provides an enable output regardless of the state of the third input, when the priority switch is in the second state, the prioritization circuit

provides an enable output only when the third input is below the threshold, and

when the priority switch is in the third state, the prioritization circuit does not provide the enable output.

20. The selection circuit of claim 19, wherein the first and second outputs

comprise respective first and second AND gates, each of the first and second AND gates receiving corresponding a first or second input enable signals at its first input, and receiving the enable output from the prioritization circuit at its second input, such that the first and second AND gates only activate the respective first or second switches if the prioritization circuit provides the enable output.

Description:
ADAPTIVE FAIL-SAVE POWER-ON CONTROL CIRCUIT

PRIORITY CLAIM

[0001] This application claims priority to provisional application 62/193,745, filed July 17, 2015, the entire contents of which are hereby incorporated by reference.

BACKGROUND

[0002] This disclosure relates to an adaptive fail-safe power-on control circuit, and specifically, a power control circuit for an aviation headset.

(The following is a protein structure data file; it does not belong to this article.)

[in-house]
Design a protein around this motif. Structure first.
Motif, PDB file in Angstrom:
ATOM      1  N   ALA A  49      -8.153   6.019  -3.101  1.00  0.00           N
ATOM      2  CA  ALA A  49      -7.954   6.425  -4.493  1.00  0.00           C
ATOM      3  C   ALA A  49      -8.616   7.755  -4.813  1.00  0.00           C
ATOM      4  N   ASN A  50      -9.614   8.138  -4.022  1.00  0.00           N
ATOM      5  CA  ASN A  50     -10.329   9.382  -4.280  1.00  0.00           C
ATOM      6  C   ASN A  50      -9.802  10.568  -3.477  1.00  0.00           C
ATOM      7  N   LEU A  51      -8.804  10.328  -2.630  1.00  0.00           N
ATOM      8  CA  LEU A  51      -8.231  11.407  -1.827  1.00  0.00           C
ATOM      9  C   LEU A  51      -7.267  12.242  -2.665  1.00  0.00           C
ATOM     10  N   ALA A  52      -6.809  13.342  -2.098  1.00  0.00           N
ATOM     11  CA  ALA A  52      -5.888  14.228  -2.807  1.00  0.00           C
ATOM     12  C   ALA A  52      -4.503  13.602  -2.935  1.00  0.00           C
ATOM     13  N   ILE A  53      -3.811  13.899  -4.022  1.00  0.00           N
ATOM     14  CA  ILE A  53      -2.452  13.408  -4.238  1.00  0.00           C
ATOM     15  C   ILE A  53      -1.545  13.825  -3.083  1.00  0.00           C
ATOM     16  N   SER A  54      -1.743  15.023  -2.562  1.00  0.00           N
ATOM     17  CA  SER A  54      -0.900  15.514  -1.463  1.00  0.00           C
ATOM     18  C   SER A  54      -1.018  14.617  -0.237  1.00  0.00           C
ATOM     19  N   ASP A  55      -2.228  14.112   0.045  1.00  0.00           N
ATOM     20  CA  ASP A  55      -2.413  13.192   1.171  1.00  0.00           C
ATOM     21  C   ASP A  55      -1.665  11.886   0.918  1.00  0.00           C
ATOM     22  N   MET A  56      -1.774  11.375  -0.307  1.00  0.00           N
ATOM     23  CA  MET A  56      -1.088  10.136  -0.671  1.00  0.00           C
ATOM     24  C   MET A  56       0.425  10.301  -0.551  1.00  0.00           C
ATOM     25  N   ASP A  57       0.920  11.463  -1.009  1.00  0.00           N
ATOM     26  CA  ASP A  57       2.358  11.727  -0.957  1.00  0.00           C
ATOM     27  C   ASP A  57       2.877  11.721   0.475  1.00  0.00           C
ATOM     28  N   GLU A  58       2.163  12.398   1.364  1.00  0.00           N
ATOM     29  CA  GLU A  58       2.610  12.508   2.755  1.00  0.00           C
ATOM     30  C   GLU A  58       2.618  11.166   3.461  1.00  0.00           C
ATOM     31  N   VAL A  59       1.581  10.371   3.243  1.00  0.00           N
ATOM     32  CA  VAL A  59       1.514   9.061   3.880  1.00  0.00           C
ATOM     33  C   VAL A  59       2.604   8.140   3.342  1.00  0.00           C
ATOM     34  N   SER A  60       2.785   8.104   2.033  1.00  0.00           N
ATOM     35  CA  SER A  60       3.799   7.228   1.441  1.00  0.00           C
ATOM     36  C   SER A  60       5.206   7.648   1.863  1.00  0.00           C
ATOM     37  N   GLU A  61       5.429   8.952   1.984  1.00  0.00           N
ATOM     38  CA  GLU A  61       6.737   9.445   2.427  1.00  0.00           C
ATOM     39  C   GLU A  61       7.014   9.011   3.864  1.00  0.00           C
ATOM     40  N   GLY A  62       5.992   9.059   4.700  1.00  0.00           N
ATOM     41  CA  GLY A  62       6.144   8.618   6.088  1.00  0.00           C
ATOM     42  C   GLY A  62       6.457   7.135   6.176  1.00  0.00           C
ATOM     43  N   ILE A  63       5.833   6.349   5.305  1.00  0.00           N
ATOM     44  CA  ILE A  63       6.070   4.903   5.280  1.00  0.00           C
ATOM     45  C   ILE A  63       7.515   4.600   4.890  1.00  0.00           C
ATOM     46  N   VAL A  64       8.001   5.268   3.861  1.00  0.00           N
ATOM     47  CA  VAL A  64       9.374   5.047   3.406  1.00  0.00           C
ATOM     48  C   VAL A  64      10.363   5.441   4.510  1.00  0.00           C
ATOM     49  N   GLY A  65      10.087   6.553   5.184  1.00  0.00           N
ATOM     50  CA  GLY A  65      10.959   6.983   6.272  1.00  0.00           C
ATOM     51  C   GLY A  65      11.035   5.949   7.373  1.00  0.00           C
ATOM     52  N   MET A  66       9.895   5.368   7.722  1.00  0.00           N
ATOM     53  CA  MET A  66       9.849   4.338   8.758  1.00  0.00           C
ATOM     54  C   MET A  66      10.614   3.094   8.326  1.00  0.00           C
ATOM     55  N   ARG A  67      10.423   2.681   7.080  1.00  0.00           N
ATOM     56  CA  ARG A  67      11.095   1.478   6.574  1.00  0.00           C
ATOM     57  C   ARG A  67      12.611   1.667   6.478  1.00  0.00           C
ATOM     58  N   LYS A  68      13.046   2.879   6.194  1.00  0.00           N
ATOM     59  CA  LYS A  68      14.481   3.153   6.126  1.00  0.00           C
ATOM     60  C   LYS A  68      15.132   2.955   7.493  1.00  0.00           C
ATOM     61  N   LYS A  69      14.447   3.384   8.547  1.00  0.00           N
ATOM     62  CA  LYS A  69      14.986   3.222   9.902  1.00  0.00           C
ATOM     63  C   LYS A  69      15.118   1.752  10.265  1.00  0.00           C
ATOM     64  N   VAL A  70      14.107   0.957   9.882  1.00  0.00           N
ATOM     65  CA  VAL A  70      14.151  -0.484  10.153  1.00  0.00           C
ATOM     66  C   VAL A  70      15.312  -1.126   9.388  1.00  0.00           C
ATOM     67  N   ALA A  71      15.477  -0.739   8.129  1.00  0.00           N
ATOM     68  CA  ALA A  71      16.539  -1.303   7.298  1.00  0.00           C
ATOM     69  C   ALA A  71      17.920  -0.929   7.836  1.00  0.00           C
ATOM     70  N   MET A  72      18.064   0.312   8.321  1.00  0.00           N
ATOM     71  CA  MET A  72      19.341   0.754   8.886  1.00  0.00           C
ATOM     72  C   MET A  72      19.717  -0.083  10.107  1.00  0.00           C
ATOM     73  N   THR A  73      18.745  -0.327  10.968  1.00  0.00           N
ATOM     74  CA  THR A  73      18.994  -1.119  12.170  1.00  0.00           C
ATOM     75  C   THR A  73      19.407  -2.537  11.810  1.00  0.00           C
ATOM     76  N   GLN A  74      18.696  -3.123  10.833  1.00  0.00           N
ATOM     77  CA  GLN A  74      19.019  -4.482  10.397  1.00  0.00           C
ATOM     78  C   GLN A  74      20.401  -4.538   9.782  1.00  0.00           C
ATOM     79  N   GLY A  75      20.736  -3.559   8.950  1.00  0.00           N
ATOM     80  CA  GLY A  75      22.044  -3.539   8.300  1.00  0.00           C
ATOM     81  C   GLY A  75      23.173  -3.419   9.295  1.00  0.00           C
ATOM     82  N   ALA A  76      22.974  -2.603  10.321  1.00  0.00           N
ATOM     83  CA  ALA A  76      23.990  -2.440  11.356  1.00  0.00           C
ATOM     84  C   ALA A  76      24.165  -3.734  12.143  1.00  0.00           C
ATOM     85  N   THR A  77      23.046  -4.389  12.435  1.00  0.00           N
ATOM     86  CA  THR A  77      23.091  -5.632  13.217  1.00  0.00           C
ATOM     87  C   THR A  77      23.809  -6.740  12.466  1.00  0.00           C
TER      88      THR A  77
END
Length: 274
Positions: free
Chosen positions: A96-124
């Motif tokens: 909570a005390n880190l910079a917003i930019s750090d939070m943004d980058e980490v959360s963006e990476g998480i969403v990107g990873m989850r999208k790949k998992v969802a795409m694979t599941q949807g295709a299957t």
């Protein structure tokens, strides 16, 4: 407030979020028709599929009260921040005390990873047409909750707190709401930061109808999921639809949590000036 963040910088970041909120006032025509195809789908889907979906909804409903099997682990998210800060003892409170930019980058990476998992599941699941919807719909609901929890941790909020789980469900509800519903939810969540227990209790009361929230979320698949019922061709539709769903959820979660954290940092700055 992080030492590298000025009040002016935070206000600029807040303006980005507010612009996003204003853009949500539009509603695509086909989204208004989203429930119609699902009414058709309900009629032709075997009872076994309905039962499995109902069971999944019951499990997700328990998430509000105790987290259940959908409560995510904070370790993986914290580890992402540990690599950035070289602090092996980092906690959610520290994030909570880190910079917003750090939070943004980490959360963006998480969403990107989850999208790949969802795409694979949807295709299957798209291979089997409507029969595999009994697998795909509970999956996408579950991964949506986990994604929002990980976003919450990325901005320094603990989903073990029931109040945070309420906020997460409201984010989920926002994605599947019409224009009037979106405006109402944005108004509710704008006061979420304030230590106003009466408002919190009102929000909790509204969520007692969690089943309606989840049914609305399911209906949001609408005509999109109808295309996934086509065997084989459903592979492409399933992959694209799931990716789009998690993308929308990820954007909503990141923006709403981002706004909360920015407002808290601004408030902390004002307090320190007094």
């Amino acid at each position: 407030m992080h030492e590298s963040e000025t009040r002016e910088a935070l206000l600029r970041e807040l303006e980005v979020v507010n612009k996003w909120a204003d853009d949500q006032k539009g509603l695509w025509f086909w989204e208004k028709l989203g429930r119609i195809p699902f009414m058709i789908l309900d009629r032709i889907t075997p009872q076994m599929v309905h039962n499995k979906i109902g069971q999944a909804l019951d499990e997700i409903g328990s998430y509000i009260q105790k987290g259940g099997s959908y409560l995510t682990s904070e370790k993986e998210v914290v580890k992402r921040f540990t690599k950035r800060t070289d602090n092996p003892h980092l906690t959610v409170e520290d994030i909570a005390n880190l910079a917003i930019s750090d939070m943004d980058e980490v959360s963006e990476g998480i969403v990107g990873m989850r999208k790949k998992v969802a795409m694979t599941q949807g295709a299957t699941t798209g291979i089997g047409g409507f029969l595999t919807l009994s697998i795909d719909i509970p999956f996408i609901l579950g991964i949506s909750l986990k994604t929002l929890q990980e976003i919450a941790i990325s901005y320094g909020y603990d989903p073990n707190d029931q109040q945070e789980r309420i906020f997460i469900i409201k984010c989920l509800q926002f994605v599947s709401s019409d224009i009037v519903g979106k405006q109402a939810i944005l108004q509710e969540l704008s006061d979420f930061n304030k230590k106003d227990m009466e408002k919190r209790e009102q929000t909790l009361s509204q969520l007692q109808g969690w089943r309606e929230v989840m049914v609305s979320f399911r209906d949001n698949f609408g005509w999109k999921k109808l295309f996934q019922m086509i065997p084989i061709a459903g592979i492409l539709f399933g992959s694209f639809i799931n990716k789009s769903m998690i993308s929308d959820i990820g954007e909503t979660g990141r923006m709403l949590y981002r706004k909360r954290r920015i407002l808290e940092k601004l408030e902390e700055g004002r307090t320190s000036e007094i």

SUMMARY

[0003] A power supply control circuit includes a power input for receiving power from an external power supply, a voltage regulator coupled to the power input and providing regulated voltage to an external circuit and to the power supply control circuit itself, and a first, normally-open, electrically-operated, switch coupled between ground and an active-low Enable input of the voltage regulator. A control input of the first switch is coupled to the regulated voltage, such that when the voltage regulator provides the regulated voltage, the first switch is closed, coupling the Enable input of the voltage regulator to ground, keeping the voltage regulator active. A first power switching circuit provides manual activation and deactivation of the voltage regulator; a second power switching circuit provides automatic activation of the voltage regulator whenever the power input becomes powered. An intervening circuit prevents the second power switching circuit from activating the voltage regulator when the first power switching circuit has deactivated the voltage regulator, despite the continued presence of power from the external power supply on the power input.